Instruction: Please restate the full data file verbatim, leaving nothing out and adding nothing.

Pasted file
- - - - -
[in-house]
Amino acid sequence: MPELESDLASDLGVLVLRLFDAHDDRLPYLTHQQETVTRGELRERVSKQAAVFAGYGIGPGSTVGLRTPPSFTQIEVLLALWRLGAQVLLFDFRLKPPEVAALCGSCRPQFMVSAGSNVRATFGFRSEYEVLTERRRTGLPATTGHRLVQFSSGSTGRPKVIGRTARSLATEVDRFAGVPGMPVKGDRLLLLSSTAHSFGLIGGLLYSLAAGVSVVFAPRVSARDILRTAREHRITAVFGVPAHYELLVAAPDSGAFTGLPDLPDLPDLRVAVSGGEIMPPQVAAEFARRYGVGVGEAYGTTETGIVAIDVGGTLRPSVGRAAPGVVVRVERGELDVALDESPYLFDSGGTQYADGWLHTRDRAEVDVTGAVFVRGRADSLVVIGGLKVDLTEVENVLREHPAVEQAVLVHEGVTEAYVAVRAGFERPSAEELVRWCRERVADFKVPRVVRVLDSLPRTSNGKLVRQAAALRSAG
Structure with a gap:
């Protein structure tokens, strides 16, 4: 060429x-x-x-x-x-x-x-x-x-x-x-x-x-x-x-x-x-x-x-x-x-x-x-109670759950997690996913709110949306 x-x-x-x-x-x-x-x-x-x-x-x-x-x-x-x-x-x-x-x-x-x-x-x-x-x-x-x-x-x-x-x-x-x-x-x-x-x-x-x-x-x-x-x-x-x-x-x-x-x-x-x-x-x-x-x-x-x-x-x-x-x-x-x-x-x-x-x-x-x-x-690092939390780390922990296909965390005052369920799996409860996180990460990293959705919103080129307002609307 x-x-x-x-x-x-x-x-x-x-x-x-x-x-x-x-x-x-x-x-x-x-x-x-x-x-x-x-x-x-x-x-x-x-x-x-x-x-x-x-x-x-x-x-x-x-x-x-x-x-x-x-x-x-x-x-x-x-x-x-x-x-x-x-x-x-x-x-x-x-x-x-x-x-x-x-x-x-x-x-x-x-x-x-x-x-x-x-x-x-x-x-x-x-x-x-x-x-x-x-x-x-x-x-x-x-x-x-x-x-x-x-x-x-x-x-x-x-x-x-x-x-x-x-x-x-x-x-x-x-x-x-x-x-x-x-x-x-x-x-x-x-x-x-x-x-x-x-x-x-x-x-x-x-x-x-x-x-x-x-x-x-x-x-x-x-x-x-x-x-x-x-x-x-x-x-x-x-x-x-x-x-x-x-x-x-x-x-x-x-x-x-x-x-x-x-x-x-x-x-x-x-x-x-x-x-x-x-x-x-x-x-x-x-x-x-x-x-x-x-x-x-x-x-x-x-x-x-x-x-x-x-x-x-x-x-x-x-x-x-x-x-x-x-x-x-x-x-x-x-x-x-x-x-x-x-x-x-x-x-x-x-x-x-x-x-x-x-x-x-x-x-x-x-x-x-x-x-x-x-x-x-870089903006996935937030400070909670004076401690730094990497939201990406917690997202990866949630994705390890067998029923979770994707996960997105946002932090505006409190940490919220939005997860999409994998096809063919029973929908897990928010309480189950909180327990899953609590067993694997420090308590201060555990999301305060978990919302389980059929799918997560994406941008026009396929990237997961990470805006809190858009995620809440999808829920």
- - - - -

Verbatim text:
[in-house]
Amino acid sequence: MPELESDLASDLGVLVLRLFDAHDDRLPYLTHQQETVTRGELRERVSKQAAVFAGYGIGPGSTVGLRTPPSFTQIEVLLALWRLGAQVLLFDFRLKPPEVAALCGSCRPQFMVSAGSNVRATFGFRSEYEVLTERRRTGLPATTGHRLVQFSSGSTGRPKVIGRTARSLATEVDRFAGVPGMPVKGDRLLLLSSTAHSFGLIGGLLYSLAAGVSVVFAPRVSARDILRTAREHRITAVFGVPAHYELLVAAPDSGAFTGLPDLPDLPDLRVAVSGGEIMPPQVAAEFARRYGVGVGEAYGTTETGIVAIDVGGTLRPSVGRAAPGVVVRVERGELDVALDESPYLFDSGGTQYADGWLHTRDRAEVDVTGAVFVRGRADSLVVIGGLKVDLTEVENVLREHPAVEQAVLVHEGVTEAYVAVRAGFERPSAEELVRWCRERVADFKVPRVVRVLDSLPRTSNGKLVRQAAALRSAG
Structure with a gap:
């Protein structure tokens, strides 16, 4: 060429x-x-x-x-x-x-x-x-x-x-x-x-x-x-x-x-x-x-x-x-x-x-x-109670759950997690996913709110949306 x-x-x-x-x-x-x-x-x-x-x-x-x-x-x-x-x-x-x-x-x-x-x-x-x-x-x-x-x-x-x-x-x-x-x-x-x-x-x-x-x-x-x-x-x-x-x-x-x-x-x-x-x-x-x-x-x-x-x-x-x-x-x-x-x-x-x-x-x-x-x-690092939390780390922990296909965390005052369920799996409860996180990460990293959705919103080129307002609307 x-x-x-x-x-x-x-x-x-x-x-x-x-x-x-x-x-x-x-x-x-x-x-x-x-x-x-x-x-x-x-x-x-x-x-x-x-x-x-x-x-x-x-x-x-x-x-x-x-x-x-x-x-x-x-x-x-x-x-x-x-x-x-x-x-x-x-x-x-x-x-x-x-x-x-x-x-x-x-x-x-x-x-x-x-x-x-x-x-x-x-x-x-x-x-x-x-x-x-x-x-x-x-x-x-x-x-x-x-x-x-x-x-x-x-x-x-x-x-x-x-x-x-x-x-x-x-x-x-x-x-x-x-x-x-x-x-x-x-x-x-x-x-x-x-x-x-x-x-x-x-x-x-x-x-x-x-x-x-x-x-x-x-x-x-x-x-x-x-x-x-x-x-x-x-x-x-x-x-x-x-x-x-x-x-x-x-x-x-x-x-x-x-x-x-x-x-x-x-x-x-x-x-x-x-x-x-x-x-x-x-x-x-x-x-x-x-x-x-x-x-x-x-x-x-x-x-x-x-x-x-x-x-x-x-x-x-x-x-x-x-x-x-x-x-x-x-x-x-x-x-x-x-x-x-x-x-x-x-x-x-x-x-x-x-x-x-x-x-x-x-x-x-x-x-x-x-x-x-x-x-x-870089903006996935937030400070909670004076401690730094990497939201990406917690997202990866949630994705390890067998029923979770994707996960997105946002932090505006409190940490919220939005997860999409994998096809063919029973929908897990928010309480189950909180327990899953609590067993694997420090308590201060555990999301305060978990919302389980059929799918997560994406941008026009396929990237997961990470805006809190858009995620809440999808829920």